Researchers at Hackensack Meridian Health are touting the drug tocilizumab as a treatment for critically ill COVID-19 patients in the ICU.
Observational data of hospitalized COVID-19 patients shows that tocilizumab, generally used to treat rheumatoid arthritis and cancer, improves hospital survival in the critically ill ICU patients, according to a news release.
The researchers published results in The Lancet Rheumatology last week and subsequently updated the FDA and other national leaders with information from the observations in an effort to potentially accelerate improved outcomes.
A total of 630 patients admitted to the ICUs of 13 Hackensack Meridian Health hospitals between March 1 and April 22 (the height of the pandemic in New Jersey) were observed. Tocilizumab was considered for off-label usage in patients whose respiratory symptoms were declining, many of whom required mechanical ventilator support. In the study, 210 patients received the drug, while the remaining 420 did not.
Researchers say tocilizumab, as a monoclonal antibody that binds and blocks the interleukin (IL)-6 receptor and dampers the inflammatory response. Having observed COVID-19’s phases and seen that the immune system secretes numerous cytokines, including IL-6, they rationalized trying the drug in the COVID-19 patients.
They found that tocilizumab produced a statistically significant decrease in hospital-related deaths among the patients who received it, with an approximately 36% decrease in hospital-related mortality among ICU patients who got the drug compared to those who did not. Data was adjusted to account fro multiple factors, including comorbidities.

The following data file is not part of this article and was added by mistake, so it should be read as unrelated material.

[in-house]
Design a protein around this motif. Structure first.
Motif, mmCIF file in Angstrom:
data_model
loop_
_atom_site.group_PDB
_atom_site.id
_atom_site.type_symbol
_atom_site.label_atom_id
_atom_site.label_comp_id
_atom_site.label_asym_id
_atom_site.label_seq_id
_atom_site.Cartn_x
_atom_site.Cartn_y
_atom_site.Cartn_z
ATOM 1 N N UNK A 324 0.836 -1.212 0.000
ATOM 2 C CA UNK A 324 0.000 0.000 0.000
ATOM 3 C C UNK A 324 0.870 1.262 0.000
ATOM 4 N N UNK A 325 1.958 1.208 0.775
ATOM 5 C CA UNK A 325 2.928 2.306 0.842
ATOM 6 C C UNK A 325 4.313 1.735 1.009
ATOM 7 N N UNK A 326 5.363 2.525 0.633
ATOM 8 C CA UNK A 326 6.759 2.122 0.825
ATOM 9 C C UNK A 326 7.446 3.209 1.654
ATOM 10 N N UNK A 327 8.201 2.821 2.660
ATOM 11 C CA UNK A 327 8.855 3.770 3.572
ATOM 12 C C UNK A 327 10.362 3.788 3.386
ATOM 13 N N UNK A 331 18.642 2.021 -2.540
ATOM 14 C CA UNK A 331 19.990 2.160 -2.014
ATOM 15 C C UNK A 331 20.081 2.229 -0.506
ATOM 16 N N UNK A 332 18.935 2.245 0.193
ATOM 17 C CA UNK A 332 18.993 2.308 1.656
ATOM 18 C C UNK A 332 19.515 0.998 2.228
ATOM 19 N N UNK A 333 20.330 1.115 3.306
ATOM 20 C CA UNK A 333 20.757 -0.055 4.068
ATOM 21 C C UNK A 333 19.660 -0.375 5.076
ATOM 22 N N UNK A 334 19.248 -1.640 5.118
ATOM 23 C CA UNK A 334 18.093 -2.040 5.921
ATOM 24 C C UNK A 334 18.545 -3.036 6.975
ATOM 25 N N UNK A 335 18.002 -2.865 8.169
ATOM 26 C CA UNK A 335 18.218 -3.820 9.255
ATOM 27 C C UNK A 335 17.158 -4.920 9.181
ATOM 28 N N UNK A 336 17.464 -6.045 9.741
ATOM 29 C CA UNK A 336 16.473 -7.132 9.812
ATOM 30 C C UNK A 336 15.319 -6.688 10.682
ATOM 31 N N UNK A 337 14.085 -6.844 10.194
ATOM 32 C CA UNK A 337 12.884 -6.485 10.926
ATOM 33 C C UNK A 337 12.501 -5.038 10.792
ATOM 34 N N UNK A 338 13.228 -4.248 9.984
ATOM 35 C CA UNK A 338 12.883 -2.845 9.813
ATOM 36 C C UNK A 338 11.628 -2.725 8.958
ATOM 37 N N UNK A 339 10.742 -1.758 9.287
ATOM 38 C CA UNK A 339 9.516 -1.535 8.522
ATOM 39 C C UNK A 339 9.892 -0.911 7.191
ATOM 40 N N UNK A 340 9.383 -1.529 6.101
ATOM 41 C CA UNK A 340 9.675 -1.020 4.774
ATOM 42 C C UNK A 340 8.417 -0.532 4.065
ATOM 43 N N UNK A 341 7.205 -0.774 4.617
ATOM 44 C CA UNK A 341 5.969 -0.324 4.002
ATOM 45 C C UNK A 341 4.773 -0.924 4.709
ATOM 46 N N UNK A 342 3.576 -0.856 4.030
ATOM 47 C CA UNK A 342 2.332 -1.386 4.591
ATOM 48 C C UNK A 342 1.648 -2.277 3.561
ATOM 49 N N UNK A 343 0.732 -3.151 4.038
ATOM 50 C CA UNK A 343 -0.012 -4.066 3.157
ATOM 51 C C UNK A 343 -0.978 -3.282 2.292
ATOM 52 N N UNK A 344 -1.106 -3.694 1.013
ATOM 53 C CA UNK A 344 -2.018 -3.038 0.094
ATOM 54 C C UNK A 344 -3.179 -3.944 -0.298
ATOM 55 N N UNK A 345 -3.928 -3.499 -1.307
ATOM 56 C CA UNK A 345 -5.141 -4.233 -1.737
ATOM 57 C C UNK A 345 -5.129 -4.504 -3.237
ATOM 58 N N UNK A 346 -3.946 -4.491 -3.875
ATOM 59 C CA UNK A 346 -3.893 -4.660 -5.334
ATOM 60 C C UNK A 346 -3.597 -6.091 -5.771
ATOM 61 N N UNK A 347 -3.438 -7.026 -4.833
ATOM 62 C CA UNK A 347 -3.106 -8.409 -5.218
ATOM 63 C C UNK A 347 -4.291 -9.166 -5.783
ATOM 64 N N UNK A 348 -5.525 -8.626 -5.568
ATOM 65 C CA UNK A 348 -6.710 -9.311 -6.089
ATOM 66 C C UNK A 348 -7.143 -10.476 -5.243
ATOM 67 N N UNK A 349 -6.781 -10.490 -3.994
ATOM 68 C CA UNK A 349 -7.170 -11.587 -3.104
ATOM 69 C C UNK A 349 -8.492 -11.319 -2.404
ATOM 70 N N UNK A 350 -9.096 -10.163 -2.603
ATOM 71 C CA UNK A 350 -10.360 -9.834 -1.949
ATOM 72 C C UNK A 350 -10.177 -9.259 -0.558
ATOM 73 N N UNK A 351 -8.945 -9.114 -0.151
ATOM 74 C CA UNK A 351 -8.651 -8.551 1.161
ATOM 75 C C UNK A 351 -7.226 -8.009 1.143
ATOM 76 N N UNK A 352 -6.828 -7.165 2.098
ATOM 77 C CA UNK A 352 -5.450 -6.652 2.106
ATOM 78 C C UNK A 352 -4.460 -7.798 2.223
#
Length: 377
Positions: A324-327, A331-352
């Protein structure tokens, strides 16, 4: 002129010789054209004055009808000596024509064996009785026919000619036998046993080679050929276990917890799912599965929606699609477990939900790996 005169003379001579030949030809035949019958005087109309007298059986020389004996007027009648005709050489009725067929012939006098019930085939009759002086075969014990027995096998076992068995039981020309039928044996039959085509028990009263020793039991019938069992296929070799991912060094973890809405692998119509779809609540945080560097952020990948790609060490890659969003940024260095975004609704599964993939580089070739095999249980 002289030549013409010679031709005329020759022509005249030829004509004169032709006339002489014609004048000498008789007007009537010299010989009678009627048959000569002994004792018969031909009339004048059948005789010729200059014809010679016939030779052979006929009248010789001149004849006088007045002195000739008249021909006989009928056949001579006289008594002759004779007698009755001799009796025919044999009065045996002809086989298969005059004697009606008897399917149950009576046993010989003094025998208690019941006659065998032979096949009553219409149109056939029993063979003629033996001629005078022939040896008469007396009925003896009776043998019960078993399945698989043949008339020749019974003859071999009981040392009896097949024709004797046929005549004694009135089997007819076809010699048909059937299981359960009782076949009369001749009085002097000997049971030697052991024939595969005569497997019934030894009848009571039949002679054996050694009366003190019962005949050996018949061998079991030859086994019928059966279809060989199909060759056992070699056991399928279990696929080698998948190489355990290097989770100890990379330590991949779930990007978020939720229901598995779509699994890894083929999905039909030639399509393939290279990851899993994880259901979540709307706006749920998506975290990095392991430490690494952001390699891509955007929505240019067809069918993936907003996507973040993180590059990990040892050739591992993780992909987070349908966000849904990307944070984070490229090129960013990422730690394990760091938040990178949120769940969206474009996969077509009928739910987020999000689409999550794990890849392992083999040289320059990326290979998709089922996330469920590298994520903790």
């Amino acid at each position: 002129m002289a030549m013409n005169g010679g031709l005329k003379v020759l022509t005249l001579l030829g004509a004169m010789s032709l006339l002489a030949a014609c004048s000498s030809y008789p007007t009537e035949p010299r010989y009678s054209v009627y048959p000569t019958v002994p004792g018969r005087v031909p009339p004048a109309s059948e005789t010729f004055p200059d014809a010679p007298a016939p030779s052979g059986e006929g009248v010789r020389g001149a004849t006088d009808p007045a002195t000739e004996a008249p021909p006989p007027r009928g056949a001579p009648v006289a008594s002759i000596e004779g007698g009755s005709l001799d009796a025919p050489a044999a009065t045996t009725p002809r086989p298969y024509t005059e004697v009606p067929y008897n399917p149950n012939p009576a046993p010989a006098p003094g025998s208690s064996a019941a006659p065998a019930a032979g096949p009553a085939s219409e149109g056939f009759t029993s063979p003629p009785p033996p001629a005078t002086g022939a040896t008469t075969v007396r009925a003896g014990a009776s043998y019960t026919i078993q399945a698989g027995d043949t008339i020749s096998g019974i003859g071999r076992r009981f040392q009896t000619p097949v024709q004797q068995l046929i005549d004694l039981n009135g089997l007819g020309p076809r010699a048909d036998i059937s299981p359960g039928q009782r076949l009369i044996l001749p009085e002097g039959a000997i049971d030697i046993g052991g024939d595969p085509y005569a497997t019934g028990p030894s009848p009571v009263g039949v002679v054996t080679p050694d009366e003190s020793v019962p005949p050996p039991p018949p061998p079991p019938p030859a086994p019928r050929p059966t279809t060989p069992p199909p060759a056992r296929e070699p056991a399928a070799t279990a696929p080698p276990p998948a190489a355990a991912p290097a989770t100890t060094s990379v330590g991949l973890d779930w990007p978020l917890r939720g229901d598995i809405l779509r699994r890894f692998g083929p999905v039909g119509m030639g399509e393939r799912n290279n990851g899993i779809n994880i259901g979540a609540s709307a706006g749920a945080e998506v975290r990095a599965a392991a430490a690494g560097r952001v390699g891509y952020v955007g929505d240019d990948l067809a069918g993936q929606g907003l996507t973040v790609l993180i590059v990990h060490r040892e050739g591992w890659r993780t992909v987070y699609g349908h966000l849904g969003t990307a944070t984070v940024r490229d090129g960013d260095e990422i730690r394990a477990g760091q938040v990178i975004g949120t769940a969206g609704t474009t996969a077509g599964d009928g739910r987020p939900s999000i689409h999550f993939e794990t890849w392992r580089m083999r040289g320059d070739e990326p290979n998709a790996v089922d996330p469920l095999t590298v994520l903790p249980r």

According to the researchers, they also found that higher levels of a blood test marker of inflammation, C-reactive protein, could predict which ICU patients might benefit most from the tocilizumab therapy.
“Our clinicians and researchers at Hackensack Meridian Health have moved quickly and intelligently since the start of this global health crisis,” Hackensack Meridian Health CEO Robert Garrett said in the news release. “Their work in treating this terrible virus, and learning more about it each day, continues to benefit thousands of patients as the pandemic continues.”
The researchers stressed that the results are observational and not yet fully proven, as a multinational Phase 3 clinical trial of tocilizumab is currently underway.
“We need to know more as soon as possible,” chief of the division of outcomes & value research at John Theurer Cancer Center at Hackensack University Medical Center Dr. Stuart Goldberg said. “Our database has allowed us to rapidly expand our knowledge of COVID-19 throughout the Hackensack Meridian Health hospital network. We are moving fast to help guide interventions – and potentially save lives.”